Tuesday, February 9, 2010

A Taste of Tailwater in February

No matter how cold Colorado gets there are sections of water that never freeze. The term “tailwater” refers to water flowing beneath a dam, spillway, etc. This section of water has enough volume and commotion that it will stay open most of the year. This time of year angling is less than comfortable and fishing pressure has been turned down to a mere trickle. These are the times that I enjoy trout fishing in Colorado the most.

(Above: Across the river shot with coyote tracks leading the way.)

The air was crisp at about 13 degrees during the early dawn gear up. This may be cold by some standards but still fishable in my book. Heck, as far as I was concerned this was downright pleasant for this time of year. Crossed the river with some mist rolling up and blue skies overhead. Wind was nil allowing the smell of winter grass to mingle with that of the river algae. A set of coyote tracks was followed in and then even those tracks faded off the snow-covered trail after a hundred yards.

The first few casts came up empty. The next casts after that were met with ice-up, a common problem this time of year. The fish were sluggish and not as territorial as they are in the fall. I could manage a few follows, a few bumps but no committed strikes. One fish chased the lure through a shallow section of water. I could see the ripple on the water surface rushing towards me. Fins emerged as the fish struggled through the rocks and then vanished.

Working my way up to a large pool I cast at the front boil and work my back with a steady retrieve. Thump, thump, the line twitches from what could the bottom of the river or a nipping trout. THUMP! My arm feels the bite and sets the hook instinctively on what felt like a solid fish. Being behind the current flow the finned brute was unable to use the river against me. The fish had no choice but to come towards me and submit to a shameless photo op.

(Above: Crazy two finger hold with the right hand on a glorious male brown trout. Tailwater browns in February like this help me forget my January woes and struggles.)

The day’s action was not as explosive as it could be but I was glad to get some quality fish catches on the blog for 2010. The fish seemed to be less in number but better in size. The bite was very timid as well. I made several adjustments but olive colors seemed to bring more love to the door.

As the fishing continued the cloud cover accumulated overhead. Blue sky changed to cloud cover and then was met with falling snowflakes. Not enough to stop the fishing at first but the flurries grew into a downpour of larger flakes. A few more casts and then back across the river to head out. Better to get out while the road is still good.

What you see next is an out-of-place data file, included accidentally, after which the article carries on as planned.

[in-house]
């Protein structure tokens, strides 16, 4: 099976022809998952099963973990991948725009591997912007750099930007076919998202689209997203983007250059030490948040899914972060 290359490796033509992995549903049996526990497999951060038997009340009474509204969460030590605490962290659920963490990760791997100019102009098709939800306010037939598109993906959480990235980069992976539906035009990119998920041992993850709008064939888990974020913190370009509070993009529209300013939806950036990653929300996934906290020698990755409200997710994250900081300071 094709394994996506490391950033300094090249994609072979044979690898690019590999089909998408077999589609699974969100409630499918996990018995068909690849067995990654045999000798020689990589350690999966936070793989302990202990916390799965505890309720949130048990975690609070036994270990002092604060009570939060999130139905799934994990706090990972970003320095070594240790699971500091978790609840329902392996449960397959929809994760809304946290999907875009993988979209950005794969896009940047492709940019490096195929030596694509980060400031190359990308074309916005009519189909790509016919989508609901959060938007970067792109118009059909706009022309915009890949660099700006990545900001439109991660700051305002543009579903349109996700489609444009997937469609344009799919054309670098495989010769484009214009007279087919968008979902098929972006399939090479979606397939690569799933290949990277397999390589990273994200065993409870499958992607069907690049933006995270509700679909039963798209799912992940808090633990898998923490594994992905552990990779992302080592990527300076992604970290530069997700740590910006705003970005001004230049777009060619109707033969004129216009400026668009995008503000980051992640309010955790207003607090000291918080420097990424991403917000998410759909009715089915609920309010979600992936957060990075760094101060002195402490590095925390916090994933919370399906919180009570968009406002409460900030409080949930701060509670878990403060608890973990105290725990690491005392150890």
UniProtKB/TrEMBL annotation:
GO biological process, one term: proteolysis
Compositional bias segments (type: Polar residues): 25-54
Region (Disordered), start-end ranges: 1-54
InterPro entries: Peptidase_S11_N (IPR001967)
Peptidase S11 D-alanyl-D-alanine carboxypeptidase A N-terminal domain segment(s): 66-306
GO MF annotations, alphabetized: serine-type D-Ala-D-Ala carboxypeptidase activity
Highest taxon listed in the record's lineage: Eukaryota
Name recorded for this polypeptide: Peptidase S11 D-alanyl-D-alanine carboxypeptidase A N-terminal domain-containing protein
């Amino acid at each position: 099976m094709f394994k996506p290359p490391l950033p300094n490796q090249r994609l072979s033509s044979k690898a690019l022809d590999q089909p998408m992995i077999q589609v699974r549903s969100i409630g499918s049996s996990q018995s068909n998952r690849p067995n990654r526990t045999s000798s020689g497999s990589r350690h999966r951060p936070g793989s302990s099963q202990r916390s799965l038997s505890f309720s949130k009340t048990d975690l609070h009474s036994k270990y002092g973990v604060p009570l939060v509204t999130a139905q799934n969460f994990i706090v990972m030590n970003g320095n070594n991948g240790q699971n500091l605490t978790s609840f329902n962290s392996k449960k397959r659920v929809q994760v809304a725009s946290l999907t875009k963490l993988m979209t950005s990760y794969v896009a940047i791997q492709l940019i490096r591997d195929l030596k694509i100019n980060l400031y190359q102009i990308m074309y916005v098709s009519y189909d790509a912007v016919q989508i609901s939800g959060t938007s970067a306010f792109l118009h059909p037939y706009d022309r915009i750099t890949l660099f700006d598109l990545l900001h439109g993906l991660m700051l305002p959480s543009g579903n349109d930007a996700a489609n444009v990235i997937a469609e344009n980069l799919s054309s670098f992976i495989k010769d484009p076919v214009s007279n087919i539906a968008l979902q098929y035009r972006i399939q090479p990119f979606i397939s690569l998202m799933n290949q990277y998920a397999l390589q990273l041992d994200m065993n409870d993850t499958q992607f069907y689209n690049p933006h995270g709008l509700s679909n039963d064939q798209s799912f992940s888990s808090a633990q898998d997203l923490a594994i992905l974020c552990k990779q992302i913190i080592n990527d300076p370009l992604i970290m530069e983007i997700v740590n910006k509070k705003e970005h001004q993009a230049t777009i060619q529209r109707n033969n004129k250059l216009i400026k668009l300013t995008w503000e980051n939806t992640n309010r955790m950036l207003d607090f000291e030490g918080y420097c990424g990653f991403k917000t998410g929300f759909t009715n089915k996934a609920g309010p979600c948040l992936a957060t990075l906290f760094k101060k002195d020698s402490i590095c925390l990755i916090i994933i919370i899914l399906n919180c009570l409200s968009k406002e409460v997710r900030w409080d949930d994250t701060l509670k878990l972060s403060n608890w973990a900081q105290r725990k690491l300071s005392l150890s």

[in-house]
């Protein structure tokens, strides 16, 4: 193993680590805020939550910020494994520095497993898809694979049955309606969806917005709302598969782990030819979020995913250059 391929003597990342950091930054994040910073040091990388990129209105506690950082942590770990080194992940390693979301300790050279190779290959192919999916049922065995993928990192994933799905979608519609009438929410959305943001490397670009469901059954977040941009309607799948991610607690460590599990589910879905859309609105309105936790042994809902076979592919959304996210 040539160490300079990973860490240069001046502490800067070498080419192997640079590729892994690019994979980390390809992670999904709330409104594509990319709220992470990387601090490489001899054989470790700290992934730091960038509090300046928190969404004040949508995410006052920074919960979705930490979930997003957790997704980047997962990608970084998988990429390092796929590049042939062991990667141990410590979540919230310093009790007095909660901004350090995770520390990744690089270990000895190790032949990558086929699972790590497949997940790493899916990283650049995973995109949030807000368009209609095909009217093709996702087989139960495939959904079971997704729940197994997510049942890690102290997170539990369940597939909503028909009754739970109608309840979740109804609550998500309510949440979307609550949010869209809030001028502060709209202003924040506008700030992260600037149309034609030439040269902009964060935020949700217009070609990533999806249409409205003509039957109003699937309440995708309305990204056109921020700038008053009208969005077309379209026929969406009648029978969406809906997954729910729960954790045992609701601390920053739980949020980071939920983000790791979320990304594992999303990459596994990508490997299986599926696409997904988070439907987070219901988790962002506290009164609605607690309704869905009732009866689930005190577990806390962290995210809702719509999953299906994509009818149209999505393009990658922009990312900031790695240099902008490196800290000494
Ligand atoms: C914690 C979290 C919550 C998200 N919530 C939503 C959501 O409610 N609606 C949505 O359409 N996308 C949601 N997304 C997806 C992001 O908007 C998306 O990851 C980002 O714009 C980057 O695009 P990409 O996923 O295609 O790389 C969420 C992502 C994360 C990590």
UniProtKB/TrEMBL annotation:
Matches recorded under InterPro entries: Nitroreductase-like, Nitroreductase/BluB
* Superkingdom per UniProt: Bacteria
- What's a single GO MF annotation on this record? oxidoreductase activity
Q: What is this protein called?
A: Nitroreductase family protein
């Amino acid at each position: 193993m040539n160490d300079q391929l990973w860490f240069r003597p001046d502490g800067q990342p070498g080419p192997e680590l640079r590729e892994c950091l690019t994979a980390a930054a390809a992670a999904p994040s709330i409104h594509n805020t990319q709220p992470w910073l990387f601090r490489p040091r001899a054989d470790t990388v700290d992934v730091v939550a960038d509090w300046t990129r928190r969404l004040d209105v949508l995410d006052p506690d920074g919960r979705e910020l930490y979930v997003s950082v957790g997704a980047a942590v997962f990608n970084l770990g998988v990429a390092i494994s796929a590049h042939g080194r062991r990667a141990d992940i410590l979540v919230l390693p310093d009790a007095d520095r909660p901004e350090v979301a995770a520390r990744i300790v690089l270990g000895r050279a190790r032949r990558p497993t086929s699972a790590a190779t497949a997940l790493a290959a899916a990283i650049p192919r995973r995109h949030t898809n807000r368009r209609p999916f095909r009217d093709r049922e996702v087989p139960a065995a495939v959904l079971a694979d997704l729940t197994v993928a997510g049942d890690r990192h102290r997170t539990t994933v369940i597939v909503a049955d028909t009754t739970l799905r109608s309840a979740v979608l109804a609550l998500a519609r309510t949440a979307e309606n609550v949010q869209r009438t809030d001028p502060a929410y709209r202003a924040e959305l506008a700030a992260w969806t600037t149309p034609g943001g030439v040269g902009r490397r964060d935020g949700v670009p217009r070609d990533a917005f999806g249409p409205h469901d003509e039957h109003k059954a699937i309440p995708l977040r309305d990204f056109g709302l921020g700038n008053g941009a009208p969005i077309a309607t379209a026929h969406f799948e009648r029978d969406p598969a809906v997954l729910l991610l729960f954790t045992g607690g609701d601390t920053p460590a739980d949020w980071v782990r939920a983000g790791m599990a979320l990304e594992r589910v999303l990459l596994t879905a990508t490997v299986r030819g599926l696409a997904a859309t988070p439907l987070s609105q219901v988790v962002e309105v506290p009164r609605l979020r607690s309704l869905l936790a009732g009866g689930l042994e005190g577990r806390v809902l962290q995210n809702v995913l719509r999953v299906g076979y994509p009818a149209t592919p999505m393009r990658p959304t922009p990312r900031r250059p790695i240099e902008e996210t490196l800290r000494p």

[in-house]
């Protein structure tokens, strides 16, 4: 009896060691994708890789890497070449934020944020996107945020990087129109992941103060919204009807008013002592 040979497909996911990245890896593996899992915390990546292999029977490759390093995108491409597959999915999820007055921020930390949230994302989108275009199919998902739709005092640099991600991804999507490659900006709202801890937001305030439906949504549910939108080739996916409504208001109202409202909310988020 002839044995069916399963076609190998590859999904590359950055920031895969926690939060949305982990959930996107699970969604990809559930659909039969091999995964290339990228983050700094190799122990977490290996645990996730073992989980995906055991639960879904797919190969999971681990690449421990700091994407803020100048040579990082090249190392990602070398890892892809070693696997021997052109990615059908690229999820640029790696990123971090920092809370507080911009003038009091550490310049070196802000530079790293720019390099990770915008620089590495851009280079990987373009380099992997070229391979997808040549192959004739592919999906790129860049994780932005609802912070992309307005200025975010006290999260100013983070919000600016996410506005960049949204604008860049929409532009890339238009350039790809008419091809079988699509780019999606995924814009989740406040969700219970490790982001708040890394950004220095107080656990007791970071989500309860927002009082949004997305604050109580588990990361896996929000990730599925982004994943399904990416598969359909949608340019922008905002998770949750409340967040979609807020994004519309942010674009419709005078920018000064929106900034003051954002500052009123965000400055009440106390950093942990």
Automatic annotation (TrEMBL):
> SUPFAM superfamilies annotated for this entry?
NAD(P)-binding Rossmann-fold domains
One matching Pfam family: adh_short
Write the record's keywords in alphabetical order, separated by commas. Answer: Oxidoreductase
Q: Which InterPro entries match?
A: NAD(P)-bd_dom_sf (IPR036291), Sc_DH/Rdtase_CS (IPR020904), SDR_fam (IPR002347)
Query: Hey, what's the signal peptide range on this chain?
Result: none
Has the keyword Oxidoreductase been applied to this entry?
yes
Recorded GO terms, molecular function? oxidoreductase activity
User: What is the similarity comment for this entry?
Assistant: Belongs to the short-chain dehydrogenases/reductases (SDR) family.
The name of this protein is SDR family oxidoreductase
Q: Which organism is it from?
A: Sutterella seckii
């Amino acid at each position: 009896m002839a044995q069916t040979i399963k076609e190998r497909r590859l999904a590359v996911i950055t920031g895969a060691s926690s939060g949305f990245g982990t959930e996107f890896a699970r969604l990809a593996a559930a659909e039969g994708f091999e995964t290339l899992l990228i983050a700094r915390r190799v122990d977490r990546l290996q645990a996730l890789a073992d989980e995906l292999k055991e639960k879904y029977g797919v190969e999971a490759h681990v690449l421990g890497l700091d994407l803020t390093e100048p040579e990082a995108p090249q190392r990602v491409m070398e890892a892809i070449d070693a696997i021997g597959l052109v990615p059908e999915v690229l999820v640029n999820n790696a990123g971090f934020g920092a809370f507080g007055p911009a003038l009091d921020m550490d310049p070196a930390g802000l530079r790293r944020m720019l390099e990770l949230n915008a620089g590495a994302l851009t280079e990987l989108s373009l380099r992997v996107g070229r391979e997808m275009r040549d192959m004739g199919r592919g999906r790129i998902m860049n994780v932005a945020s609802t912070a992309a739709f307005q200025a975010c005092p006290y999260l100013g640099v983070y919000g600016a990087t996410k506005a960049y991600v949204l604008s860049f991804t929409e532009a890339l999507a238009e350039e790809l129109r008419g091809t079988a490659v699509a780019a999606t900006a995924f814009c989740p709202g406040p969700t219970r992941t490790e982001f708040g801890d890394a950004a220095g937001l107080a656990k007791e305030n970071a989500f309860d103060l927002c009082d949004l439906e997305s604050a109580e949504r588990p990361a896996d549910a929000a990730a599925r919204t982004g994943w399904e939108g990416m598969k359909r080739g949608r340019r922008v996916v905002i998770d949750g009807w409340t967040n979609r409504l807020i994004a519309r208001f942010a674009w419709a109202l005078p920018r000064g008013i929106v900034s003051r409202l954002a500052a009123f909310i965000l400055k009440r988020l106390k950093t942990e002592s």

My name is Matt and I’m a fishaholic.


Anonymous said...

Good job, Matt. That is a beautiful winter season Brownie! What type lures were you using? Just curious.

Coloradocasters said...

Thank you for the kind words, Mel. The type of lure is a spinner, 1/8 and 1/4oz in weight. Dialing in the color of the day is usually the trick. Blue Fox, Panther Martin and Mepps make a few styles that I use along with rapalas and even bassin' plastics for trout. These methods are greatly frowned upon by the fly fishing brethren in Colorado by the way and with good reason. The trebles can cause more damage and scented plastics are outlawed in some spots. Crimp the barbs, check the signs and release the fish as best you can while expecting a few jeers on the trail is kind of my motto.

Truth be told I love spin fishing and find that at certain times it is very successful for trout. I do fly fish and actually started out with the fly rod in my Montana\Idaho youth. There are certain aspects of fly-fishing that can be very tedious and my lack of patience along with lack of skill get the better of me. How some guys fly fish 24/7 is beyond my mental grasp. Give me my spin rod or give me death! And in a state like Colorado it just may come to that. Ha ha.

Hope this helps. Good luck and good fishing.

Anonymous said...

Thanks for sharing your lure selection and can't say that I disagree with your assessment of spin fishing for trout. I love it! I kind of share your position as fly fishing seems to be what is expected of most anglers in my area. It is not for me anymore. Been there and done that so to speak.

Happy hook ups!